Then came Nike Camp—where, despite the presence of Allen Iverson, Garnett was the best player. And his confidence grew even more. As a junior, he averaged 28.5 points, 18.5 boards, and his usual seven blocks, leading Mauldin to 24 wins and, once again, the state final four. He was named Mr. Basketball for the state of South Carolina.
But an incident at Mauldin marred what was otherwise a tremendous season. Garnett, along with several other students, was accused of attacking another student in the hallway, breaking his ankle. “I don’t know actually what happened,” Fisher says. “He probably was just around like they say, and they saw him since he stood out, and they were gonna get whoever they could get a hold of. I hated that, but it just, you know…it was just a bad situation he got caught up in.”
All the charges were eventually dropped, and Garnett’s record stayed clean, but that was the end for him at Mauldin. The previous summer, at Nike Camp, he’d been coached by William “Wolf” Nelson, and Nelson had stayed in touch with Kevin and his mom, Shirley Irby. Garnett had also befriended a high-flying wing named Ronnie Fields, who played for Nelson at Chicago’s Farragut Academy. And that summer, at Nike Camp, Garnett decided he would join them.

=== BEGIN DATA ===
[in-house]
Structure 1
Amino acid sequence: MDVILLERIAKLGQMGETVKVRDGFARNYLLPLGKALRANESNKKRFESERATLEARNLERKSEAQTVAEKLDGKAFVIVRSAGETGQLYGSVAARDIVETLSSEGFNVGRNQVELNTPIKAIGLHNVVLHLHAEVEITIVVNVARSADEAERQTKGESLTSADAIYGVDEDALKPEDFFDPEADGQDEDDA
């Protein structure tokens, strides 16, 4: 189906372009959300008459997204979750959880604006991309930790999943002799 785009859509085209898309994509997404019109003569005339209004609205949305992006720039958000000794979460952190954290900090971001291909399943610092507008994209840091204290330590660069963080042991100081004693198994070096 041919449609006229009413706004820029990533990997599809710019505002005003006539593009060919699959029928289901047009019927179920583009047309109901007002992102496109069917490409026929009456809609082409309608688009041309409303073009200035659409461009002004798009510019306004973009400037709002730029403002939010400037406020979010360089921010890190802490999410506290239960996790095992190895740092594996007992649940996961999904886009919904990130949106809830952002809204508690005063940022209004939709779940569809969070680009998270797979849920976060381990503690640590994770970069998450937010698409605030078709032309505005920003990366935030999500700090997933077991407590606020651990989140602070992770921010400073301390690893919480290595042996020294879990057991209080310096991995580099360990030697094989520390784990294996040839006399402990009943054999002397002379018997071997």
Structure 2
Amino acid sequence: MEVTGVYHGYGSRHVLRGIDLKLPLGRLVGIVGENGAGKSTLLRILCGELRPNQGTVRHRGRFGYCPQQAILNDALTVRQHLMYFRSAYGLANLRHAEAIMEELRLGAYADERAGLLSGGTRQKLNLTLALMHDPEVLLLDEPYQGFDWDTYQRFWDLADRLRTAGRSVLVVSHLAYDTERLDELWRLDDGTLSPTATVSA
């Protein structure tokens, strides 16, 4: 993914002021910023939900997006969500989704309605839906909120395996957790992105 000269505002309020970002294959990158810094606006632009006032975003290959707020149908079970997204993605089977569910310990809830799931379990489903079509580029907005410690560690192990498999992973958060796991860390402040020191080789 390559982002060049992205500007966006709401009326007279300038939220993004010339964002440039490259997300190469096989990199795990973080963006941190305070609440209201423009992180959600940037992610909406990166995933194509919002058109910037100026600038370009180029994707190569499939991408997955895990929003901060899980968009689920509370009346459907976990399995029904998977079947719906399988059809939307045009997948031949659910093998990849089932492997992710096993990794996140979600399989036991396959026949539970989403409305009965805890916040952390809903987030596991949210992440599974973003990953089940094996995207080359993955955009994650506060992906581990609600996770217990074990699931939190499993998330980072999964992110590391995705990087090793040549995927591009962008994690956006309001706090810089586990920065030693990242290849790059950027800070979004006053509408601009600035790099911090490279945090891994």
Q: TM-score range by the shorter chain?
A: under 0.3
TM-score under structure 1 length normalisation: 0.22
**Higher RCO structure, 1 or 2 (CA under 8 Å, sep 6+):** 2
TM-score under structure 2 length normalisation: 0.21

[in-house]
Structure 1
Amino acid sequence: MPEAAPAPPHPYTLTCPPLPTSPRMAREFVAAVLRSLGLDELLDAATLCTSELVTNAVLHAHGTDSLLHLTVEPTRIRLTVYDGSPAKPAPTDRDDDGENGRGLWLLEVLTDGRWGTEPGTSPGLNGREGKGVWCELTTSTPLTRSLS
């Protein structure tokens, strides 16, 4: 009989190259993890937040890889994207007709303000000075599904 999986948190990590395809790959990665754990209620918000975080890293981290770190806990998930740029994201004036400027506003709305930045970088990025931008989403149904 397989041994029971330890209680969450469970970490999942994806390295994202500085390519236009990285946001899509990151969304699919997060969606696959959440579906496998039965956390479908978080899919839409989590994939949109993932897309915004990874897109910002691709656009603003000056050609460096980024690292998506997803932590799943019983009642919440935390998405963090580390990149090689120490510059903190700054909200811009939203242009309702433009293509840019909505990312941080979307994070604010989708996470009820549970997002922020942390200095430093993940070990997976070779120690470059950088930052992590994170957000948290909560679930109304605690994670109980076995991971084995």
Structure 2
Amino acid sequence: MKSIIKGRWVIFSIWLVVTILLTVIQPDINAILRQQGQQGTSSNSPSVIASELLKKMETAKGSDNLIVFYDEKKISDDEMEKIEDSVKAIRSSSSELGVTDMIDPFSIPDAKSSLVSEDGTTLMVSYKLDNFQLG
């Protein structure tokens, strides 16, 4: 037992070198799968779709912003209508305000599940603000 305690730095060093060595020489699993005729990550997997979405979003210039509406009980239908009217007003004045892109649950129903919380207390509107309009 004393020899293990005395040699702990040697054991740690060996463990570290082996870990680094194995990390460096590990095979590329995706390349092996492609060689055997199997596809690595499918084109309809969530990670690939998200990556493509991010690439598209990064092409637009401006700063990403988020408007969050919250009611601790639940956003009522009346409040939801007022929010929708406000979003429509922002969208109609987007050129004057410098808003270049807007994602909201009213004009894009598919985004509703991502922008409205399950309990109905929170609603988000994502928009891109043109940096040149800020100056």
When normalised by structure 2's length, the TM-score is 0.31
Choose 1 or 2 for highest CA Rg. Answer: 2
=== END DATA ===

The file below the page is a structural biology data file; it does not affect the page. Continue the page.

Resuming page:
Fisher was disappointed—“We would have won state if I’d had him”—but not particularly surprised. “I thought that after his sophomore year he was thinkin’ about going to—what is it, Oak Ridge…Oak Hill. Or what’s the other one up there, Fork Union or something, I don’t know. He was thinking about going to one of those.”
Instead, Garnett moved on to Farragut, where he would average 25.2 points, 17.9 rebounds, 6.7 assists and 6.5 blocks per game while shooting 67 percent from the floor and leading Farragut to a 28-2 record and the Chicago city title. He was named Mr. Basketball of the state of Illinois—and was finally on everybody’s radar. “The big thing that really came to the surface in Chicago was his competitive nature,” says recruiting expert Van Coleman. “He absolutely refused to lose, he was so unselfish, making his teammates better with his ability to create opportunities for them, in almost point guard fashion.”